Friday, July 29, 2016

C Basics - Declaration in C

A declaration specifies the interpretation and attributes of a set of identifiers. A declaration that also causes storage to be reserved for the object or function named by the identifier is called a definition.

Declarations are made up of some combination of storage-class specifiers, type specifiers, type qualifiers, declarators, and initializers.

type-specifier gives the data type of the variable, declarator gives the name of the variable, storage-class specifiers gives linkage and storage duration i,e. how the declared item is stored and initialized, and which parts of a program can reference the item.

A declaration must have at least one declarator, or its type specifier must declare a structure tag, union tag, or members of an enumeration. Declarators provide any remaining information about an identifier. A declarator is an identifier that can be modified with brackets ([ ]), asterisks (*), or parentheses ( ( ) ) to declare an array, pointer, or function type, respectively.

All definitions are implicitly declarations, but not all declarations are definitions. Storage is not allocated by "referencing" declarations, nor can variables be initialized in declarations.

The location of the declaration within the source program and the presence or absence of other declarations of the variable are important factors in determining the lifetime of variables. There can be multiple redeclarations but only one definition. However, a definition can appear in more than one translation unit.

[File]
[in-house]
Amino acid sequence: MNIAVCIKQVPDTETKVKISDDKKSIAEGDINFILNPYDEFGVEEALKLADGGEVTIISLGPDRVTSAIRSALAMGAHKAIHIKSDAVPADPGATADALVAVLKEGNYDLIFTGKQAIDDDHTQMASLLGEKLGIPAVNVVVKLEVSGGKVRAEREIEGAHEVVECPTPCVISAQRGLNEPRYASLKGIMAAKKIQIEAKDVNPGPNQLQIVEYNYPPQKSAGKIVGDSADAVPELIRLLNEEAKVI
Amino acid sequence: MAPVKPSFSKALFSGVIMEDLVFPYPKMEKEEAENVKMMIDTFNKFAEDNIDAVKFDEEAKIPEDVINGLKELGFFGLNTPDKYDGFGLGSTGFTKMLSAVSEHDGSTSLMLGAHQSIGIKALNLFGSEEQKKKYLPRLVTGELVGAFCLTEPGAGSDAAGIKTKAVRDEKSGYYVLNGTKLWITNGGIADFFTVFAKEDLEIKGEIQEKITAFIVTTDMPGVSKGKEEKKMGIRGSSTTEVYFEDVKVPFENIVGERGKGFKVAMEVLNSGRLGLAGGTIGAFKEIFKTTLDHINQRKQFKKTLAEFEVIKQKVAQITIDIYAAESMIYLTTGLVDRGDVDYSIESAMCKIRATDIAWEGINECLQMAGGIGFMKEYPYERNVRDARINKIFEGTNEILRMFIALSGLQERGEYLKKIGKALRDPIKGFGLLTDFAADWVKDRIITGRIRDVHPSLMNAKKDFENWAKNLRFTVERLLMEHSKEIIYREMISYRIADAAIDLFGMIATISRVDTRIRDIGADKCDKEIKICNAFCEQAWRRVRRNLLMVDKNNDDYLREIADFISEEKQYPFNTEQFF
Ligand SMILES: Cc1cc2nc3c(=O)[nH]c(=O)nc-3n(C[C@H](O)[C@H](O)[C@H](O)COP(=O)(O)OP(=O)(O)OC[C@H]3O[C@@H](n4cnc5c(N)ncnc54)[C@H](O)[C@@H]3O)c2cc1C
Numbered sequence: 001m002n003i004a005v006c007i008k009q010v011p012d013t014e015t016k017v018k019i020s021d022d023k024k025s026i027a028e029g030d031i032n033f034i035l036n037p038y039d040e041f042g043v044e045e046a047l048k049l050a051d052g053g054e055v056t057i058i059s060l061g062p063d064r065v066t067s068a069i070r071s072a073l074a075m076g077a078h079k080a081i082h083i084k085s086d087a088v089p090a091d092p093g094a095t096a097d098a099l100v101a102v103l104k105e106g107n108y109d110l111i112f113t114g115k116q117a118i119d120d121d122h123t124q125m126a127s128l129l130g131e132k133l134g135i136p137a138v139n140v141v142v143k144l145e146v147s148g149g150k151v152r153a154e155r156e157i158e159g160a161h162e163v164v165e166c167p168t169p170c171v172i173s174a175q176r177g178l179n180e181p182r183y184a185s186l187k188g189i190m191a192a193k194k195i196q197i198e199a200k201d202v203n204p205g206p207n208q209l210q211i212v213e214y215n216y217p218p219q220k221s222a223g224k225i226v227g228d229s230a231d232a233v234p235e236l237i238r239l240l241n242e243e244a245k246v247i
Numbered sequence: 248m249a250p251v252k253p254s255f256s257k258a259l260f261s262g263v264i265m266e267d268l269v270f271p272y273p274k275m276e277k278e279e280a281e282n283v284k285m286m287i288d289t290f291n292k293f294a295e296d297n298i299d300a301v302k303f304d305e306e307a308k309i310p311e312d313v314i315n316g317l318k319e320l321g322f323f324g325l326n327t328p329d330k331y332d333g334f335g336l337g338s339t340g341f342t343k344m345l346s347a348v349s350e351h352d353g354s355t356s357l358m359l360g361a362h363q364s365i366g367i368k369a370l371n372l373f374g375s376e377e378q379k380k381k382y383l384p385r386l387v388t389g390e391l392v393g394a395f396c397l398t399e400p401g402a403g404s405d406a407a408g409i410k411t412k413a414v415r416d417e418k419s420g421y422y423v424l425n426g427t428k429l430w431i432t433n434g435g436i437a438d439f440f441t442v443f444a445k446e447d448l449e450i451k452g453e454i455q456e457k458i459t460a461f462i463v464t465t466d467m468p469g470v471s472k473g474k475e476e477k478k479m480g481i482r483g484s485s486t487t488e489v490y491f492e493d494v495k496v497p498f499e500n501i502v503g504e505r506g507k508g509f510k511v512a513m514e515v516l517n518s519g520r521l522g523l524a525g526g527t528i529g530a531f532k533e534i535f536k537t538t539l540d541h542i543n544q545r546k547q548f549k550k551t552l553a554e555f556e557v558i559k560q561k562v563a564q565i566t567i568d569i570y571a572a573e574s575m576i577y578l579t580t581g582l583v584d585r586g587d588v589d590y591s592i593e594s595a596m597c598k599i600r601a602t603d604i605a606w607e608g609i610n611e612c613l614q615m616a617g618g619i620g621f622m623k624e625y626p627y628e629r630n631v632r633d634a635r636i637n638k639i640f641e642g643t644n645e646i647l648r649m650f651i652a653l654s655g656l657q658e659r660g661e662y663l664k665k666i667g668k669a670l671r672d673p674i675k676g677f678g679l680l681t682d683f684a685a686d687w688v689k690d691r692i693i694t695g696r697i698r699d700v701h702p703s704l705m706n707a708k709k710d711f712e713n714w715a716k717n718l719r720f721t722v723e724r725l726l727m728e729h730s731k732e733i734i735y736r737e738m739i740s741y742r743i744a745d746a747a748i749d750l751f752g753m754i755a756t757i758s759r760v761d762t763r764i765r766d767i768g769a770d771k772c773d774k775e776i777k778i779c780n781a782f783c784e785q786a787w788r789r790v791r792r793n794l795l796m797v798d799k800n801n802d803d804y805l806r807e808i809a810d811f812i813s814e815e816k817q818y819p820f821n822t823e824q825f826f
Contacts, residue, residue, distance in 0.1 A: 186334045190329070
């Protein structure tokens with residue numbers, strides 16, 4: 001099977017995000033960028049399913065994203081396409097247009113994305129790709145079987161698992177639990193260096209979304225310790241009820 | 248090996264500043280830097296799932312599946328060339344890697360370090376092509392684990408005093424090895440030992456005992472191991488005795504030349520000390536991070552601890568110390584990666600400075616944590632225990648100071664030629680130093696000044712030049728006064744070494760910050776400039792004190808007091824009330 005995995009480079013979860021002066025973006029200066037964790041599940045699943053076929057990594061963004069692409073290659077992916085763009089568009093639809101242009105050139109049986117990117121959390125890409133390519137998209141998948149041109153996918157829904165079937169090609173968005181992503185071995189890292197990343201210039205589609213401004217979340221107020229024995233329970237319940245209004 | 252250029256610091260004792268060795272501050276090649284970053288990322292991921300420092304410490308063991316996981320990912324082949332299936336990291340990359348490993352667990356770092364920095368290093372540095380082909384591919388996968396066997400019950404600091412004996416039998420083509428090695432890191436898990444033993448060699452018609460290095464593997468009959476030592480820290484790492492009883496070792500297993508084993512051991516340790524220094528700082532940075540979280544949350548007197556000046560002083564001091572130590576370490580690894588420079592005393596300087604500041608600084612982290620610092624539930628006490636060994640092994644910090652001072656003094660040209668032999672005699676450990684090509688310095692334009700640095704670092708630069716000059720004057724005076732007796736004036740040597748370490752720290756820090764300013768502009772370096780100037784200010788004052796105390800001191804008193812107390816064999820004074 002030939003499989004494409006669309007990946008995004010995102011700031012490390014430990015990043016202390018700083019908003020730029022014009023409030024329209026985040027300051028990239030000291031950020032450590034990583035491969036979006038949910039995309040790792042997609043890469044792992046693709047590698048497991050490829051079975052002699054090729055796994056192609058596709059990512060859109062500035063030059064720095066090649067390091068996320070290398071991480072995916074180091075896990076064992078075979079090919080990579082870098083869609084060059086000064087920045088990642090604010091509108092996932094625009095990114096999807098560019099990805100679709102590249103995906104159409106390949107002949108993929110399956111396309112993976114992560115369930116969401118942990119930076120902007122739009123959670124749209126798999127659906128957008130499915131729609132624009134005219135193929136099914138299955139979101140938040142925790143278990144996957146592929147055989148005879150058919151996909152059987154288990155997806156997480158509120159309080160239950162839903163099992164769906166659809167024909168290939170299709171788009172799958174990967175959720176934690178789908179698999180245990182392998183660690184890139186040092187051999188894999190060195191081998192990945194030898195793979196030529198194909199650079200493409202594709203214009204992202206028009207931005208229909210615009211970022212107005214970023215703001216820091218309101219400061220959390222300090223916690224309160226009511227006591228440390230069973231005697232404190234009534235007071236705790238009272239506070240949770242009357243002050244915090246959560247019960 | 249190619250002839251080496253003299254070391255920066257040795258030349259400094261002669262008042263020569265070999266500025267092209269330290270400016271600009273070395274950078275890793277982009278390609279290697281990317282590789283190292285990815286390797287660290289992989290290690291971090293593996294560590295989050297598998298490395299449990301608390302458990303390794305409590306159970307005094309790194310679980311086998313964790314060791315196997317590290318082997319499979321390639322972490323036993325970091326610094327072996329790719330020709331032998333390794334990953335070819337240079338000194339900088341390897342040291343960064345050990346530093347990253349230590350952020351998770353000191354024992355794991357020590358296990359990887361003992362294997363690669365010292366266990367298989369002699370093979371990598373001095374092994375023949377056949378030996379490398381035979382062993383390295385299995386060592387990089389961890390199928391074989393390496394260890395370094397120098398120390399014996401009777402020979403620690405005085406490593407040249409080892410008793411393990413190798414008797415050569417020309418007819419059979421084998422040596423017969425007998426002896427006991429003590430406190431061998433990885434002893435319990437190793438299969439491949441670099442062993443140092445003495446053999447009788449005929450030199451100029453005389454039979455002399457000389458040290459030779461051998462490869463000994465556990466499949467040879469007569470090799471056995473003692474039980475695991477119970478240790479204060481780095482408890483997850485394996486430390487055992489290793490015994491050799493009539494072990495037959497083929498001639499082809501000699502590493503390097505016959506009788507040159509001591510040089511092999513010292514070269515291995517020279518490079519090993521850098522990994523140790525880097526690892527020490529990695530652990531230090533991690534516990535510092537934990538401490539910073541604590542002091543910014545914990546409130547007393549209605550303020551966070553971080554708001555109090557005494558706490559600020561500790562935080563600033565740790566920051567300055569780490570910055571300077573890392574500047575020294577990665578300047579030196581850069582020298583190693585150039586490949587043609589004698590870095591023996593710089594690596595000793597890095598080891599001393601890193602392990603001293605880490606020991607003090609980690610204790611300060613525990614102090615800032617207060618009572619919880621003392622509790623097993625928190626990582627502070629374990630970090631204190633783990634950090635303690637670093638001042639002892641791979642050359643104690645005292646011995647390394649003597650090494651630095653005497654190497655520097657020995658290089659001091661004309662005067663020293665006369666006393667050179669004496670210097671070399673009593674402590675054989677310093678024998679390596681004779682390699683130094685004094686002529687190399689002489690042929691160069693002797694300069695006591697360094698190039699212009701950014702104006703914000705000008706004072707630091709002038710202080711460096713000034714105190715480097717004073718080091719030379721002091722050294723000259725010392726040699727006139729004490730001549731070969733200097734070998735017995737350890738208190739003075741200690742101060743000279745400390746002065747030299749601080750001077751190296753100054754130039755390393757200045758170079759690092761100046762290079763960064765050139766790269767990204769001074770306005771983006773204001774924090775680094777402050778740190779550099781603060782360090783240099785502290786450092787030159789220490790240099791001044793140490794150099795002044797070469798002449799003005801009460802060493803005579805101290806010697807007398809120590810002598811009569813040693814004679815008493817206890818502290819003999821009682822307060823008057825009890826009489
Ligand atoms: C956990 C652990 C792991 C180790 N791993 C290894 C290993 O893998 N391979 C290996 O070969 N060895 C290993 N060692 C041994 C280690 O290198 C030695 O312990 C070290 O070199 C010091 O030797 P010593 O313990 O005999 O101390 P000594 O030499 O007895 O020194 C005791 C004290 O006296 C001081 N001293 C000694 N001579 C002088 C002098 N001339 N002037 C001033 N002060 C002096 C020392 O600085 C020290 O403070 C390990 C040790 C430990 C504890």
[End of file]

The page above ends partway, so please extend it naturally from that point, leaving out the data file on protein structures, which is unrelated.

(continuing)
Declarations outside all function definitions are said to appear at the "external level." Declarations within function definitions appear at the "internal level."

External variables are variables at file scope. They are defined outside any function, and they are potentially available to many functions. In variable declarations at the external level you can use the static or extern storage-class specifier.

You can use any of four storage-class-specifier auto, register, static or extern terminals for variable declarations at the internal level.

Related topics:
Tokens in C   |   Character Set in C   |   White Space Characters in C   |   Trigraph Characters in C   |   Extended Characters in C   |   Escape Sequence in C   |   Comments in C   |   Keywords in C   |   Identifiers in C

List of topics: C Programming

No comments:

Post a Comment